How many times do we miss the hand of God guiding us through life?

It was our second day in Haiti and we had a fun morning planned touring the village on moto bikes. Our first stop was the lake. In the distance we could see a cluster of village homes.  The only way to get there was by climbing rocks along the shore line. There were 16 of us plus 9 drivers. I was at the back of the group to make sure everyone was doing ok.  The walk became very difficult so I yelled ahead to the front of the group to see if they thought we should continue and the response was a thumbs up. We continued on and the terrain got more difficult but most of the group was too far ahead to call off the hike so we continued on.   We all finally arrived safely in the village and found a place to sit at a church along the lake.  The breeze from the lake was wonderful.  As we were sitting there a young boy showed up with his arm in a hand made sling.  One of the ladies in our group called to Kelly, who is a physical therapist, and told her part way jokingly that she had a new patient.  Kelly went to check out the situation to find the young boys hand extremely swollen.  We found out that this young boy was one of the children in our sponsorship program.  His name is Cletson Atilus.  The group decided that we should take this young boy into Port-Au-Prince to have his arm looked at.  The injury seemed to be fairly major.  We told Cletson that if he wanted to go to the doctor he needed to meet us by the Salvation Army Post, which was about 2 miles away, by 2:00.  When we arrived back from our moto bike tour there was Cletson waiting patiently to go into town with us.  There was a medical clinic near where we were staying so we took him there.  As the nurses removed the hand made bandages from his arm Cletson cried out in so much pain.  When the bandages were removed it revealed a disfigured arm.  It was obvious there was a major break.  We were referred to a hospital in Port-Au-Prince.  An american who lived in Haiti discouraged us from taking Cletson to the hospital.  He said that we faced liability taking him without a guardian, that they wouldn’t treat him without a guardian, that if American’s went to the hospital that we would get ripped off, that only one of us should go with him and that it wasn’t safe for women to go.  His solution was to return him to the village.  The Holy Spirit spoke clearly to Scott and his response was, fear of liability will not keep me from getting this young boy help, that we could not go back to get his guardian so we would take our chances, if we get ripped off “oh well”, that women are going because Cletson is comfortable with Michelle and Kelly is a physical therapist and that nothing was going to keep us from doing what we felt the Lord was calling us to do.  We arrived at the hospital and were greeted by Americans.  They immediately sent Cletson back for an x-ray which revealed a break in his arm.  The doctor said that in adults it would require surgery but that in children their is a chance it will heal on it’s own.  The prognosis was that if we had not gotten him treatment he would have had limited use of his arm for the rest of his life.  We had amazing medical care.  All the staff were American Doctors who volunteered a week in Haiti serving at this facility.  When we were done we asked how much we owed and the doctor laughed and said, “I’m not getting paid so there is no fee.”  Everything they did was FREE!  There was a young girl who was being treated ahead of us and she needed a sling but they couldn’t find one.  She was only to wear it for a day so they made one out of cloth.  Cletson has to be in a cast for 2 months.  One of the nurses asked another nurse what they should do because they were out of slings and the other nurse said, “No we aren’t.  Here is one.”  There was one last sling just waiting for Cletson.  We went to see Cletson the next day in the village and he had a smile on his face.  He woke up that day with no more pain.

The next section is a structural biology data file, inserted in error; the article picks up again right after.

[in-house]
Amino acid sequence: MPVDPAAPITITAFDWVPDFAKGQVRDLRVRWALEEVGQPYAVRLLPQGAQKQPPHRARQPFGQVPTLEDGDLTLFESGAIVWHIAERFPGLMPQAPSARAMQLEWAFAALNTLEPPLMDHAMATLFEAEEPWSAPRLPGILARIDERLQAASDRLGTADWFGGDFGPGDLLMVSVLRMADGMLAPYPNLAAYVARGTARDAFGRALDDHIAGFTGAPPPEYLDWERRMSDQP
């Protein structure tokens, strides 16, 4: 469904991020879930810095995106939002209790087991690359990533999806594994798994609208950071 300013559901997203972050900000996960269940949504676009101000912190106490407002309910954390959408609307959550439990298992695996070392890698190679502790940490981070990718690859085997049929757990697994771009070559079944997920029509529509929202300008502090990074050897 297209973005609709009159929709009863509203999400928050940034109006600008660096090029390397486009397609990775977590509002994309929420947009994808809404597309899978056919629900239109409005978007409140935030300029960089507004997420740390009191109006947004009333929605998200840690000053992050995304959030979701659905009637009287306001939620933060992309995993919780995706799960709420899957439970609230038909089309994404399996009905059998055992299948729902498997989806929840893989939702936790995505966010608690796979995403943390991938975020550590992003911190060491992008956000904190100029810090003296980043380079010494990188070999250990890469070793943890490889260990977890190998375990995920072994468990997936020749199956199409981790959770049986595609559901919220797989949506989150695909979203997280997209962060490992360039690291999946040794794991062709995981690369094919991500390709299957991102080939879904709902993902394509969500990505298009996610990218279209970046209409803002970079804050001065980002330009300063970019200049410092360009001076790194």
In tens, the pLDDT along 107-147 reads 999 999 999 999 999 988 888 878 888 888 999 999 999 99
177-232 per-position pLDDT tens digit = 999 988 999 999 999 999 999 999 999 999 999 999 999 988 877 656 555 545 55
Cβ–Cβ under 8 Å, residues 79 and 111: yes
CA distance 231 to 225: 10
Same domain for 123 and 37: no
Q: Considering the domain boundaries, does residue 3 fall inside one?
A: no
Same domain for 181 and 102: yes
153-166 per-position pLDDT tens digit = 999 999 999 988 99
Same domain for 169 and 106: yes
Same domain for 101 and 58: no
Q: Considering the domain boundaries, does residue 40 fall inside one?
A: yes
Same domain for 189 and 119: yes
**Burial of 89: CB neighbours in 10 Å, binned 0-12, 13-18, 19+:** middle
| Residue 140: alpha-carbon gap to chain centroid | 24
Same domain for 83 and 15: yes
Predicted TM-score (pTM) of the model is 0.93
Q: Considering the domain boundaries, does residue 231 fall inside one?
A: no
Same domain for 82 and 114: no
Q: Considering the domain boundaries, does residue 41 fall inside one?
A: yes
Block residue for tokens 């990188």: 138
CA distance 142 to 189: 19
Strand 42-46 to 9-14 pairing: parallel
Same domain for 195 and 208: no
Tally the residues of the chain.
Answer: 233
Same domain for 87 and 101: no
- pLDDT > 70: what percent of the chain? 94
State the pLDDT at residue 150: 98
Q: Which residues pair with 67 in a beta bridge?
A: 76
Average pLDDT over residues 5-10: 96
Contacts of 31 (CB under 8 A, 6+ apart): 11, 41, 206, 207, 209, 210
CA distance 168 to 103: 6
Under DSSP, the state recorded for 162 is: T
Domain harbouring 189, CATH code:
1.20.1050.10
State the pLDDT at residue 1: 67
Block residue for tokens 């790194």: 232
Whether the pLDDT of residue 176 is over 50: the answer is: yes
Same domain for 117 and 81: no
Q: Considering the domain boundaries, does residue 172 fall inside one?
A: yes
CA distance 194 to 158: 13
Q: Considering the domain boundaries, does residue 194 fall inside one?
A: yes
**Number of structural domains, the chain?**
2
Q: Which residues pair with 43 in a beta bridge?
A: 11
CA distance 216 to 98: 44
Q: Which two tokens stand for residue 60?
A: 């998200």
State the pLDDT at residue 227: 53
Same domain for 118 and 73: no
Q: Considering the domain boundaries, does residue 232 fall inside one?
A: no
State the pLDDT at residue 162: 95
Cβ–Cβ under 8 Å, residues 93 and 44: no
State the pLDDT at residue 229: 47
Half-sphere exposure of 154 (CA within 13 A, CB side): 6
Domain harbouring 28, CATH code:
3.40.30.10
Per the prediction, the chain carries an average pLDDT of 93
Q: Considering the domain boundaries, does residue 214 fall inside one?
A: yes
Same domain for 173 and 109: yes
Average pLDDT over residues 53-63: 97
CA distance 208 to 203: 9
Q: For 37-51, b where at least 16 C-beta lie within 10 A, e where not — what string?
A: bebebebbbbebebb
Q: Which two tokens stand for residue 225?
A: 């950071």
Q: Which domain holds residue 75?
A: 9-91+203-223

So many things had to take place for us to even find this young boy and then we had to overcome adversity to get him help.  If the weaker team members would have been in the front we would have turned around and not gone into that part of the village.  If Kelly had not been with us no one would have probably pointed out the boy.  He had to have someone that was willing to take him to meet us.  We had to be bold in not allowing opposition to keep us from doing what we felt the Lord wanted us to do.

We were able to witness the fingerprint’s of God in amazing ways.  My words cannot tell this story with as much power as being there but I hope you see the Glory of our God.  We cannot let FEAR keep us from being the hands and feet of Jesus and we must keep our eyes open to see the fingerprints of God.

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